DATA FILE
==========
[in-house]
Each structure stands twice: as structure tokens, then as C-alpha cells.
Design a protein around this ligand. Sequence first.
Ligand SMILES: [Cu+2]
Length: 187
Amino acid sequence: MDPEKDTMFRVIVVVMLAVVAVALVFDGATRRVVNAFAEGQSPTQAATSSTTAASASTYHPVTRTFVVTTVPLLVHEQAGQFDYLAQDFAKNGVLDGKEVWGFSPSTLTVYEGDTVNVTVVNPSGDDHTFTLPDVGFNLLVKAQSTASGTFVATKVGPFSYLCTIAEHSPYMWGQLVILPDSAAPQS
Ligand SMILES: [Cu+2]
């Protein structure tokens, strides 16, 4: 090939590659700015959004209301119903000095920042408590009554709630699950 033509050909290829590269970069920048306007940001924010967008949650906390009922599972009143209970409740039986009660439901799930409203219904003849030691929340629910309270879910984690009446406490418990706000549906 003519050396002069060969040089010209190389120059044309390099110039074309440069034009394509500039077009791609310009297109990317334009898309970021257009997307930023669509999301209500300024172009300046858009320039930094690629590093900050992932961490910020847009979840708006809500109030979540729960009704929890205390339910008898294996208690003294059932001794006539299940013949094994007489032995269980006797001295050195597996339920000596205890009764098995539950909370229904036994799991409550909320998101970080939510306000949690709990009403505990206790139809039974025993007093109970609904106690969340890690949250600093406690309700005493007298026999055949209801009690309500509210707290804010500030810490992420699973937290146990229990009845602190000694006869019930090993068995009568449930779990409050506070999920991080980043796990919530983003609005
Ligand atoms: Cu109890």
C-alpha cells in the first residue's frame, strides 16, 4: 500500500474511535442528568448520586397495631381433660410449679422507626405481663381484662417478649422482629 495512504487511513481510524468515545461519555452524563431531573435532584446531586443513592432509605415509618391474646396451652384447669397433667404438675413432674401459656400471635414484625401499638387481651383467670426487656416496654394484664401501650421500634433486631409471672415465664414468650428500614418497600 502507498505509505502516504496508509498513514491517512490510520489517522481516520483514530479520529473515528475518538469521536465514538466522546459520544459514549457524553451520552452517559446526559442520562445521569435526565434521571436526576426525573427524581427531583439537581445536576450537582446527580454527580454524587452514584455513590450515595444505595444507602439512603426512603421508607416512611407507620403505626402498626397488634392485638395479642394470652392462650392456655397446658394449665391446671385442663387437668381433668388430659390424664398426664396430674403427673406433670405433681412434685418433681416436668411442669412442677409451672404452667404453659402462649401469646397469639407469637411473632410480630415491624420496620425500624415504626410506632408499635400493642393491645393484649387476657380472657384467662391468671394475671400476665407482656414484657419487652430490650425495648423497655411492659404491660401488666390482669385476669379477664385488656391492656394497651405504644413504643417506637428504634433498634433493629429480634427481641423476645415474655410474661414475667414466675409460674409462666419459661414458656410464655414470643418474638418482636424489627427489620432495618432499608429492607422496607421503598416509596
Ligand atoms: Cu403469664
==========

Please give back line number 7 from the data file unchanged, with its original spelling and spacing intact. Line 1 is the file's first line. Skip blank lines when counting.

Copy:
Ligand SMILES: [Cu+2]